Request for OGC Interpretation of 10 CFR 35.25 (a), "Instructing the Supervised Individual"
See the memorandum from S. A. Treby to J. E. Glenn dated February 1, 1991.
This was written in response to an NMSS memo requesting an OGC interpretation of the term "instruction" in 10 CFR 35.25 (a), including "a determination whether errors that result in a misadministration or performance error leading to a violation would be a violation of the supervision requirement in 10 CFR 35.25." The determination as to whether a particular incident violates the provisions of the regulations, in Section 35.25, for example, can only be made on a case-by-case basis, depending on the facts involved. Therefore, the following discussion is meant to provide general guidance only, in reference to the kinds of incidents described in the NMSS memo, and might not necessarily be dispositive when applied to an actual incident. HPPOS-303 contains a related topic.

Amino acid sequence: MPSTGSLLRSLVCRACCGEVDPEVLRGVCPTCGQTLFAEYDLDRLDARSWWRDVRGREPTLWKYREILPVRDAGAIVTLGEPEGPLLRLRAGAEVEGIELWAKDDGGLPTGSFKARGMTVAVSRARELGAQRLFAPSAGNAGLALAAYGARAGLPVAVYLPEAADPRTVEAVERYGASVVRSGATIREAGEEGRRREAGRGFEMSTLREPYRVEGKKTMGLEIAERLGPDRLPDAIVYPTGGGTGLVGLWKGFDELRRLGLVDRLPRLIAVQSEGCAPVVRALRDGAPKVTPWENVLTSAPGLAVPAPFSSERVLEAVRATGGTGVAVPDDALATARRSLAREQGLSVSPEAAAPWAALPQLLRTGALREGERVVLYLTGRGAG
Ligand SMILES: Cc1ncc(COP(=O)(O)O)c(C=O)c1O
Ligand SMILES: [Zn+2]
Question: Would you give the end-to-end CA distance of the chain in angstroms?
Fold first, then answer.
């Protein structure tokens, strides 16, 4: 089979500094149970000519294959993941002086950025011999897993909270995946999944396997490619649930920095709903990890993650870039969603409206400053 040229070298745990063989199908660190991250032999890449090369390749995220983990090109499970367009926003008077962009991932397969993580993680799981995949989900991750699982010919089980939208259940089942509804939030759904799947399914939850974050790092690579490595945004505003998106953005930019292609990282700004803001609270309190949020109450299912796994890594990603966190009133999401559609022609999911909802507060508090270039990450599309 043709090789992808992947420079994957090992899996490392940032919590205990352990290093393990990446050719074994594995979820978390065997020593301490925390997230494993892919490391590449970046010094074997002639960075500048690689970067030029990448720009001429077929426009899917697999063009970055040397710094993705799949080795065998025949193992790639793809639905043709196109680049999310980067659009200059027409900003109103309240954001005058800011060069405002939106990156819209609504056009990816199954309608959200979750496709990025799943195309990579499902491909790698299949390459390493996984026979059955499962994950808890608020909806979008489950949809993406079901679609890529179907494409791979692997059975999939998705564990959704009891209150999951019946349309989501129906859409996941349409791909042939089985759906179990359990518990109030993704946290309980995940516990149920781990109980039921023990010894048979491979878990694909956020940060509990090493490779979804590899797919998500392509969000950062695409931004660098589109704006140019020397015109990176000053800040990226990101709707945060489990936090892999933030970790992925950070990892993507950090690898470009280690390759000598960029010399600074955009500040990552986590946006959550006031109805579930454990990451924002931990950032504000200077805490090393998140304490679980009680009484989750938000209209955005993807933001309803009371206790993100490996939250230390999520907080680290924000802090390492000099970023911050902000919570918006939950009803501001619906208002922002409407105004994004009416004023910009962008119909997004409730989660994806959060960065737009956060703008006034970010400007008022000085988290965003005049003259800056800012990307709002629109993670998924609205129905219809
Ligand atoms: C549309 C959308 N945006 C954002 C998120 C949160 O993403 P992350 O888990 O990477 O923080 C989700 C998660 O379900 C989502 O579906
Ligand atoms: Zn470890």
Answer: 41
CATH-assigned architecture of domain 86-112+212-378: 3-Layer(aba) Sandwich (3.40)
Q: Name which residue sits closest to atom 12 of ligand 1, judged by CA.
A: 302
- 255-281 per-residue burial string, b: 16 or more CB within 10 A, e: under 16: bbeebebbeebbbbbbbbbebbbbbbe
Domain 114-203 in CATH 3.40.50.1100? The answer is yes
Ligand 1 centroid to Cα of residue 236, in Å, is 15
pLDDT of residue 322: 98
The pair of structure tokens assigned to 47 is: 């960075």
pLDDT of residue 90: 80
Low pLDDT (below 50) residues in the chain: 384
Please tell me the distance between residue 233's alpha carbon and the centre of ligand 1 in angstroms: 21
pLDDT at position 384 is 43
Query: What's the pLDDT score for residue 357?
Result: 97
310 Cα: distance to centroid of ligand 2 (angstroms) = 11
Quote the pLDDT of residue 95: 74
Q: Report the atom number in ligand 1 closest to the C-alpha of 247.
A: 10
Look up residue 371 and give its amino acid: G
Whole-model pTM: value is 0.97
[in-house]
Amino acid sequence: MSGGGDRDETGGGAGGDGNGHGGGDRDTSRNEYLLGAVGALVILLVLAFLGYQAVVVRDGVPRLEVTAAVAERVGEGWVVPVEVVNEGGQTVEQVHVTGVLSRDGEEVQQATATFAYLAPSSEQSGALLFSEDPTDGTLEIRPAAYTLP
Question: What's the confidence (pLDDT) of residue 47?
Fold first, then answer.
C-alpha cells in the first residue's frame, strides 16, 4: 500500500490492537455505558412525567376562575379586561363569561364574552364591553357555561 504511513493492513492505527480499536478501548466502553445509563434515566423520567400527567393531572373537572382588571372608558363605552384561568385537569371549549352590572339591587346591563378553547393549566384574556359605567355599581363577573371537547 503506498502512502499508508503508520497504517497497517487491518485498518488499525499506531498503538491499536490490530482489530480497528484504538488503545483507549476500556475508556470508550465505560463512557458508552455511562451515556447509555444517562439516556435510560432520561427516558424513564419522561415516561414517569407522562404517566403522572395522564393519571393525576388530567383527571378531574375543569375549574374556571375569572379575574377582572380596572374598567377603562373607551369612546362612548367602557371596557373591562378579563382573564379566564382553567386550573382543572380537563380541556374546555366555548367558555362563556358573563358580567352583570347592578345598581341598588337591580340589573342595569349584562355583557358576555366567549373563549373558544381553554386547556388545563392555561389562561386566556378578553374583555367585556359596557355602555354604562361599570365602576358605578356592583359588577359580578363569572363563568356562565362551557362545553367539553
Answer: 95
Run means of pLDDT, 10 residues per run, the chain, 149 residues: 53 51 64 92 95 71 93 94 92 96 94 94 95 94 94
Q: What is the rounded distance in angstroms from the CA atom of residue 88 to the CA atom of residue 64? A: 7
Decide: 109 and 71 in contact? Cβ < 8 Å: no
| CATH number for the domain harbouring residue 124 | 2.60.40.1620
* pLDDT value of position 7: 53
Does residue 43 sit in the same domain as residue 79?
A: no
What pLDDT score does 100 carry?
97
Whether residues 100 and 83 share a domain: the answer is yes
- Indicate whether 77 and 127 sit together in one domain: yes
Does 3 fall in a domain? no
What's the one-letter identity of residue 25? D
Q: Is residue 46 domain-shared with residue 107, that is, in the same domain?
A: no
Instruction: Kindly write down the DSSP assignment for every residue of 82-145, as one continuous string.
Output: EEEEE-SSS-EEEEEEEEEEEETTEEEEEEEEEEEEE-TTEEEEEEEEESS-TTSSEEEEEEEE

OGC has considered the provisions of Section 35.25 and the relevant statements of consideration (SOC), and we agree that any error in the administration of the intended dosage of radiopharmaceutical or radiation that results in a misadministration or performance error would not necessarily be a violation of the supervision requirement. On the other hand, whether or not an administration of byproduct material is in accordance with the physician's directions, if there is a failure to follow the instructions of the supervising authorized user or the procedures of the RSO or to comply with the NRC regulations or license conditions, there would be a violation of Section 35.25.
The "term" instruction is not defined in Part 35. The SOC for Part 35 (51 FR 369322) discusses that term, in the context of responding to comments on the proposed rule, In particular, the SOC states, in the relevant part:
3. Instruction. Several commenters asked if instruction for workers had to be in classroom lecture format. The NRC recognizes that instruction can be in the form of lectures, laboratory exercise, audiovisual packages, printed handouts, preceptorials, or apprenticeships. The important point here is not the format of the instruction but rather that the instruction be retained and used by the worker. To help correct misunderstandings, an opportunity for questions and answers should be an integral portion of each instruction module.